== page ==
While US Bank cannot foreclose on the home, it can sue her to collect the debt she still owes.
Hough’s attorney, Henry Loeb of Somerville, said, “It’s a split decision. She is very happy about having the mortgage voided. But we thought there were decent arguments to have the entire loan voided.”
Appeals Court Opinion
US BANK, N.A. v. HOUGH
US BANK, N.A., Plaintiff-Respondent,
NIKIA HOUGH, Defendant-Appellant, and
MR. HOUGH, HUSBAND OF NIKIA HOUGH; NEW JERSEY DEPARTMENT OF COMMUNITY AFFAIRS; COUNCIL ON AFFORDABLE HOUSING; TOWNSHIP OF PISCATAWAY; NEW JERSEY HOUSING AND MORTGAGE FINANCE AGENCY; STATE OF NEW JERSEY; and THE COMMONS AT PISCATAWAY, INC., Defendants.
Superior Court of New Jersey, Appellate Division.
Argued January 12, 2010.
Reargued April 13, 2010.
Decided September 14, 2010.
Henry A. Loeb argued the cause for appellant (Blumberg & Rosenberg, P.A., attorneys; Mr. Loeb, on the brief).
Vladimir Palma argued the cause for respondent (Phelan Hallinan & Schmieg, PC, attorneys; Mr. Palma, on the brief).
Geraldine Callahan, Deputy Attorney General, argued the cause for amicus curiae Office of the Attorney General (Paula T. Dow, Attorney General, attorney; Nancy Kaplen, Assistant Attorney General, of counsel; Ms. Callahan, on the statement in lieu of brief).
Before Judges Fuentes, Gilroy and Simonelli.
This is a real property foreclosure action. Plaintiff US Bank, N.A. seeks to foreclose upon defendant Nikia Hough’s residential condominium unit located in the Township of Piscataway (the Township). The condominium unit forms part of the Township’s affordable housing obligation and, as such, is subject to the Uniform Housing Affordability Controls (UHAC) adopted by defendant New Jersey Housing and Mortgage Finance Agency (HMFA), N.J.A.C. 5:80-26.1 to -26.26. Hough appeals from the June 12, 2009 order that denied her motion seeking to “void judgment of foreclosure and to dismiss plaintiff’s complaint with prejudice.”
The primary question presented is whether a commercial lender, which makes a loan secured by a mortgage on an affordable housing unit in excess of the amount permitted by N.J.A.C. 5:80-26.8(b), is prohibited from seeking to foreclose the mortgage. We answer the question in the affirmative, holding that the mortgage is void pursuant to N.J.A.C. 5:80-26.18(e). Accordingly, we reverse.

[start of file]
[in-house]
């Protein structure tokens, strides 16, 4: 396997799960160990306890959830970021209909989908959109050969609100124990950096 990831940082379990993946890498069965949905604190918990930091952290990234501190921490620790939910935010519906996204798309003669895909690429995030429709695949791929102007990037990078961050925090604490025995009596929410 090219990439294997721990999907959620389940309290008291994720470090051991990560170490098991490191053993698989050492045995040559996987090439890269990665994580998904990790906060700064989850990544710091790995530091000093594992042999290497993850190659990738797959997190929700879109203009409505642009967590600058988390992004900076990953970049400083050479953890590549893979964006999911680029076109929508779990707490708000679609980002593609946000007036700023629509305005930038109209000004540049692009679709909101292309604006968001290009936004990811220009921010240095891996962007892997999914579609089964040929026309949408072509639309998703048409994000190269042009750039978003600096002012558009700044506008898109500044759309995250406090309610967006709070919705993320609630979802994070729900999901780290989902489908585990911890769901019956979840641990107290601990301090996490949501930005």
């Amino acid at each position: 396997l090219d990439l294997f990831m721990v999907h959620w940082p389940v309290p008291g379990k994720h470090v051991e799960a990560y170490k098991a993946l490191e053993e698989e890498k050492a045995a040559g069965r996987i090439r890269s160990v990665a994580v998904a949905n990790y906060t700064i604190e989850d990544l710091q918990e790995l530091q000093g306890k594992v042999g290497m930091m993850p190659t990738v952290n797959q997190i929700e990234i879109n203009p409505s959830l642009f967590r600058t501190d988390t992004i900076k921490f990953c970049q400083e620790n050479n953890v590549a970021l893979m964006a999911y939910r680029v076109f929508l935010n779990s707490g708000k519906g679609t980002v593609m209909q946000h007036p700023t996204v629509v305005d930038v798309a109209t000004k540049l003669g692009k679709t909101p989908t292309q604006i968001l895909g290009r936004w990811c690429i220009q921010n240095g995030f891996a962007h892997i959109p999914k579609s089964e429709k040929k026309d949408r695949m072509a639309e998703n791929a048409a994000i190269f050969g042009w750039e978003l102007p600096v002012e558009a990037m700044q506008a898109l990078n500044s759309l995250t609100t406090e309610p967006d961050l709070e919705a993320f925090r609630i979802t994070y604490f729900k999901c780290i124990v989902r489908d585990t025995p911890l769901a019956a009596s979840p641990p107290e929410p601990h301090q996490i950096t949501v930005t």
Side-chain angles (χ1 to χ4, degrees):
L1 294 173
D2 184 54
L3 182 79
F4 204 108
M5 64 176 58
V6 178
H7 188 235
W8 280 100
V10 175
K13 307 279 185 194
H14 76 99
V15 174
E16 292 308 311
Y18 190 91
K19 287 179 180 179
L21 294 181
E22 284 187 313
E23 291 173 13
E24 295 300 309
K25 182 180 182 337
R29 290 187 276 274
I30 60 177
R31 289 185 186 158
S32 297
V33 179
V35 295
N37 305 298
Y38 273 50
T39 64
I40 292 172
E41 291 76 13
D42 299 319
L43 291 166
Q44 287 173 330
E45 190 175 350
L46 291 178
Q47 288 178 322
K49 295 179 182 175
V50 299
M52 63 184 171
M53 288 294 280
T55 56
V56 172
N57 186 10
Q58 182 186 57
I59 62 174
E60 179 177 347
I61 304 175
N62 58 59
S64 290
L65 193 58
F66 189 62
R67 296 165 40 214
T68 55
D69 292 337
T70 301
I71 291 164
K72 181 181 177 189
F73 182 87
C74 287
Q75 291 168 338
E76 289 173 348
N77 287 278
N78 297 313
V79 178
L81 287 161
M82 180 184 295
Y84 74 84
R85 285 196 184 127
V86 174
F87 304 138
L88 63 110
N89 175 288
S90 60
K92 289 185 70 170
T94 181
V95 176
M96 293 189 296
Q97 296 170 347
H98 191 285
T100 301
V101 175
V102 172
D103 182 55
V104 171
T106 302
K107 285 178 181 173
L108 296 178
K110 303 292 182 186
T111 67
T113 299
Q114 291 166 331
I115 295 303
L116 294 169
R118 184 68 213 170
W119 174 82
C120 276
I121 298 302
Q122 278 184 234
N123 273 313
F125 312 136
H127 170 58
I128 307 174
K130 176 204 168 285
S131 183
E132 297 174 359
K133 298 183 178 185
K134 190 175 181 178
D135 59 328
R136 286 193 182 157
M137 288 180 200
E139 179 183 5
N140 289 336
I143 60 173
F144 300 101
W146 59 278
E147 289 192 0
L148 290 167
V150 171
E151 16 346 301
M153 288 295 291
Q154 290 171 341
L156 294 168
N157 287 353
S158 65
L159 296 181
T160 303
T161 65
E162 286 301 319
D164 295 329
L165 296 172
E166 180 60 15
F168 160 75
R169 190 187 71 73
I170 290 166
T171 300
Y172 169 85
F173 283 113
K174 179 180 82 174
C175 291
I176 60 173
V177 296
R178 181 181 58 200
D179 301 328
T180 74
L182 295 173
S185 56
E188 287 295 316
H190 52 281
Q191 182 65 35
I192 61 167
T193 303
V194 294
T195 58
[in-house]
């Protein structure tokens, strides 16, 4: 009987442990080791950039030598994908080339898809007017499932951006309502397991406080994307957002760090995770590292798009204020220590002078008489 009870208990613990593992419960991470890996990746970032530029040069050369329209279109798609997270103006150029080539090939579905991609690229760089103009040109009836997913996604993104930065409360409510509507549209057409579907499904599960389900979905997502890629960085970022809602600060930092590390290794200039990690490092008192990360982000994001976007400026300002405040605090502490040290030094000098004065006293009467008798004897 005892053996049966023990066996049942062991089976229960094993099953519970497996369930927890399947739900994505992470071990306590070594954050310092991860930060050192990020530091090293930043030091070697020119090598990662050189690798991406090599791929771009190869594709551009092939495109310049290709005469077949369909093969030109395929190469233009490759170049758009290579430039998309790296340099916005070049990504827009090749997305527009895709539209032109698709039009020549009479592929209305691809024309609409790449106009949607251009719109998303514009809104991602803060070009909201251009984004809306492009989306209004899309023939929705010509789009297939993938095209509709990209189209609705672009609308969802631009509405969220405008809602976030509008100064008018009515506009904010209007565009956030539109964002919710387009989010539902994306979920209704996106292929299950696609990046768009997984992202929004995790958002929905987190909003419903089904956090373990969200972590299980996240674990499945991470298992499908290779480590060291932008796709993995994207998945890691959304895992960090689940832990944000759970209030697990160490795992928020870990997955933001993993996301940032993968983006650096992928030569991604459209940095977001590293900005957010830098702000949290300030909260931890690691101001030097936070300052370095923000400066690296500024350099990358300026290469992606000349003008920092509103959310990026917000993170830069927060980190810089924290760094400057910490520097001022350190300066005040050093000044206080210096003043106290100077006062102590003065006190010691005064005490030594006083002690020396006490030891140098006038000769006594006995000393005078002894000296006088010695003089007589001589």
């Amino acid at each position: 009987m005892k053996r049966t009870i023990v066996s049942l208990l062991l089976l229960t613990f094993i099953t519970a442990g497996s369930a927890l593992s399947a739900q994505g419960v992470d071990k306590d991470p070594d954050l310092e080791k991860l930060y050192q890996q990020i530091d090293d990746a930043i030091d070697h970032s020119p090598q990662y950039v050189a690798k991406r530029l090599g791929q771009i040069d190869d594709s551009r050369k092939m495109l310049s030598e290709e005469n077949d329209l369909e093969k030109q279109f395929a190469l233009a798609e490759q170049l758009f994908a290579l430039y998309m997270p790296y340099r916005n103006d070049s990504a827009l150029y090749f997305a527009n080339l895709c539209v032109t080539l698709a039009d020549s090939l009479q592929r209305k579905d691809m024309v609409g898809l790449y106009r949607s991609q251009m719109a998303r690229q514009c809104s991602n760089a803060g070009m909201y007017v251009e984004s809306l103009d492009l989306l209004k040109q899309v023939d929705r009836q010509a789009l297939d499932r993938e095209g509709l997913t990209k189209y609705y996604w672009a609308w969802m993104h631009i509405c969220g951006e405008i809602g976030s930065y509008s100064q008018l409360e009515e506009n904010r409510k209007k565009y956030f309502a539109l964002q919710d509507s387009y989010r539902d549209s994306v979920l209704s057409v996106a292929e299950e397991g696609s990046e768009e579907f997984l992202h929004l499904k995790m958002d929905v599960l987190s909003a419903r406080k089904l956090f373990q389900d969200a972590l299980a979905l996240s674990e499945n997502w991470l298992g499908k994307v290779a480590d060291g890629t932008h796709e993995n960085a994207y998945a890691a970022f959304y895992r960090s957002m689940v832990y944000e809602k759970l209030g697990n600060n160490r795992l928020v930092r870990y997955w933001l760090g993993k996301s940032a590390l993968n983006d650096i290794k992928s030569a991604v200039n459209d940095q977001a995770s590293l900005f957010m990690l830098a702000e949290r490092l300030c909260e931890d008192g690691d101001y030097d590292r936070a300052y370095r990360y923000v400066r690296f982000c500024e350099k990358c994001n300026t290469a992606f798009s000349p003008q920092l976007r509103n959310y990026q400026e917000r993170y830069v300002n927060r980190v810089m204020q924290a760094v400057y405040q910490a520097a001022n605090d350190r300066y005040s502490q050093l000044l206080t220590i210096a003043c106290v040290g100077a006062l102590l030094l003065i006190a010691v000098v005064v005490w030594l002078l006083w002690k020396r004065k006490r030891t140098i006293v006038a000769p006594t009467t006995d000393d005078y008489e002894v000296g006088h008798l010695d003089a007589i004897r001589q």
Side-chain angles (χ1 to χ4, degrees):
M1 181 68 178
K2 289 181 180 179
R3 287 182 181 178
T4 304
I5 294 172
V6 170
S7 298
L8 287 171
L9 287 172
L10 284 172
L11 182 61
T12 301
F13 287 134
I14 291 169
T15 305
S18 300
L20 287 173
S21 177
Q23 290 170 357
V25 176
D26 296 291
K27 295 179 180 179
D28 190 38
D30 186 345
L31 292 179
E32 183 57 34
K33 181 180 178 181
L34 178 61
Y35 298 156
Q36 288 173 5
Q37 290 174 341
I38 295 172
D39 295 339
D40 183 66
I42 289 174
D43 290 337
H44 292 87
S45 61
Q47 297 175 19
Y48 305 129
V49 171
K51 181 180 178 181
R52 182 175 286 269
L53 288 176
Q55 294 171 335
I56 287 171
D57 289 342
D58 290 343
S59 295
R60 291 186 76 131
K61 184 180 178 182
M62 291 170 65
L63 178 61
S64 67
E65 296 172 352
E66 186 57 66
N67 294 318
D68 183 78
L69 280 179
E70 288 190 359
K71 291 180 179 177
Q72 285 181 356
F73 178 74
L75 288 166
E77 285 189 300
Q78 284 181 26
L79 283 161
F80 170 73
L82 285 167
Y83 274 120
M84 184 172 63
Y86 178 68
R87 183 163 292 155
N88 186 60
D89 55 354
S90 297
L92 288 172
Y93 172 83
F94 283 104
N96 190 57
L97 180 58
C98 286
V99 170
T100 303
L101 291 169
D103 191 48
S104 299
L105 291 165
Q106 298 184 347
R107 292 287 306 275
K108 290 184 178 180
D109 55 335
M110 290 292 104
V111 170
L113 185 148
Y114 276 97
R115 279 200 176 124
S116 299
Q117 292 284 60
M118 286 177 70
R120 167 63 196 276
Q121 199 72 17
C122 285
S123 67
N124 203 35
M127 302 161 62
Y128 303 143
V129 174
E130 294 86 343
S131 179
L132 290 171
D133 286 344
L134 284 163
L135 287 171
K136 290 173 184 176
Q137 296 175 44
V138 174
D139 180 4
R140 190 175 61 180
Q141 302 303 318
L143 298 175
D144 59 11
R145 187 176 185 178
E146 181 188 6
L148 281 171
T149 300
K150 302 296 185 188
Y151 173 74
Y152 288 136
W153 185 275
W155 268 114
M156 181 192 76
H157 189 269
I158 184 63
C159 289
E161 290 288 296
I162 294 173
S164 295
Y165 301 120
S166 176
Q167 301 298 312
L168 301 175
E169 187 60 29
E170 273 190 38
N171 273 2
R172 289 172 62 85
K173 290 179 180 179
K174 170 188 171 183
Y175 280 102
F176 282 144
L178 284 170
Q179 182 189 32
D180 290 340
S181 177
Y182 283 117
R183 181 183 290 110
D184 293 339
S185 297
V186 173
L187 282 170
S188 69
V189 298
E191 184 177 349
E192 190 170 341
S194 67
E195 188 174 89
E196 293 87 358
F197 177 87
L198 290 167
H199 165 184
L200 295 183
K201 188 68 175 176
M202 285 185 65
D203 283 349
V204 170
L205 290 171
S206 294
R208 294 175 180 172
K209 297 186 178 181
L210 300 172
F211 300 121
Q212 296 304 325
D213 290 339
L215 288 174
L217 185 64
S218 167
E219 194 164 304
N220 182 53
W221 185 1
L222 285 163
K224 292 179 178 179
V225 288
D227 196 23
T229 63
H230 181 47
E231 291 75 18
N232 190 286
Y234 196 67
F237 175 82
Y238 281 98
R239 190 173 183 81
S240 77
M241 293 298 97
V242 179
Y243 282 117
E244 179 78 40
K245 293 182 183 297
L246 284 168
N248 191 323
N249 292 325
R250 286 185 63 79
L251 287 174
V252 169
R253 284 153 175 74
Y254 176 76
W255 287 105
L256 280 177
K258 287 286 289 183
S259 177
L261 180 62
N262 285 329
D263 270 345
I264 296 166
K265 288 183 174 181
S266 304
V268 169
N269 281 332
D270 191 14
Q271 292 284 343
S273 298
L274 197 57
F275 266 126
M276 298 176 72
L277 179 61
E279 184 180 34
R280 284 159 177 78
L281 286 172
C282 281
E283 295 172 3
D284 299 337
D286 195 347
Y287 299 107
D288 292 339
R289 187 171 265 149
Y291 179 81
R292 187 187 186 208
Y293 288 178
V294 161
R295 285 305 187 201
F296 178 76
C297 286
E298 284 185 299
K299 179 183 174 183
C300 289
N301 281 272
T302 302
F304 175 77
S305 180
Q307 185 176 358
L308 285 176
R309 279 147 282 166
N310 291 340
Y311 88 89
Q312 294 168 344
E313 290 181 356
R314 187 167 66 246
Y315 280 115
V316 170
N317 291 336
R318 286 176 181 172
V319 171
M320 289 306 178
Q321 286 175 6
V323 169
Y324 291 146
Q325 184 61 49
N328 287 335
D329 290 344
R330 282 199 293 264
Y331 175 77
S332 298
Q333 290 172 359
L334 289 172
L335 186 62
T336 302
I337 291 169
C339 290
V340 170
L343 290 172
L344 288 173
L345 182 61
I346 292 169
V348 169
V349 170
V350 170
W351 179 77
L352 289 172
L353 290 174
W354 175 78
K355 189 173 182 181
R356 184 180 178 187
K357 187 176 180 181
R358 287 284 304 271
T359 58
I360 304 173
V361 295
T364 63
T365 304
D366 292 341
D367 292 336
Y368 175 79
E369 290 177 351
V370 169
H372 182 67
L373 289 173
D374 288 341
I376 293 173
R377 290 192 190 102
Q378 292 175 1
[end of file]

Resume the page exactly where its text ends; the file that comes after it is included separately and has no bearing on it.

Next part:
We briefly state the procedural history and facts leading to this appeal. On January 14, 2004, Hough purchased the condominium unit for $68,142.86. To fund part of the purchase price, Hough borrowed $61,329 from Wells Fargo Home Mortgage, Inc., and secured the loan by executing a mortgage in favor of Wells Fargo. Because the condominium formed a part of the Township’s affordable housing obligation, the deed contained the following restriction:
The owner’s right title and interest in this unit and the use, sale and resale of this property are subject to the terms, conditions, restrictions, limitations and provisions as set forth in Ordinance number 88-34, as amended, which Ordinance is entitled “An Ordinance Establishing and Creating Regulations Governing the Conduct of the Purchase and/or Rental of Affordable Housing in the Township of Piscataway[,”]. . . as well as those terms, conditions, restrictions, limitations, and provisions as set forth in the “Affordable Housing Plan of the Commons at Piscataway” dated April 3, 1991 which plan was filed in the Office of the Clerk of Middlesex County . . . on June 20, 1991. Both are on file with the Piscataway Township Department of Planning and Community Development.
The deed was recorded in the Middlesex County Clerk’s Office on March 15, 2004.
On March 25, 2005, Hough refinanced the condominium unit by borrowing $108,000 from Mortgage Lenders Network, USA, Inc. At the time of the mortgage transaction, the maximum allowable resale price of the condominium unit, pursuant to N.J.A.C. 5:80-26.6, was approximately $68,735.41.[ 1 ] Hough executed a promissory note in favor of Mortgage Lenders, secured by a mortgage on the condominium unit. The mortgage was recorded in the Middlesex County Clerk’s Office on April 14, 2005. Hough used the mortgage proceeds to satisfy the Wells Fargo purchase money mortgage then in the amount of $62,795.10, and for other personal unsecured debts, and real property tax liens. Hough netted $20,080.45 from the mortgage refinance. The new mortgage included the same affordable housing restriction contained in the January 14, 2004 deed. On February 1, 2007, Hough defaulted on the mortgage.
On June 12, 2007, Mortgage Lenders filed a complaint in foreclosure against Hough.[ 2 ] On July 20, 2007, Mortgage Lenders assigned the mortgage to plaintiff. On July 8, 2008, plaintiff filed an amended complaint adding as defendants: the New Jersey Department of Community Affairs (DCA), the Council on Affordable Housing (COAH), the Township, HMFA, and Hough’s condominium, The Commons at Piscataway, Inc. Plaintiff served Hough with the amended complaint and summons on August 13, 2008. Plaintiff entered default against defendants on September 18, 2008.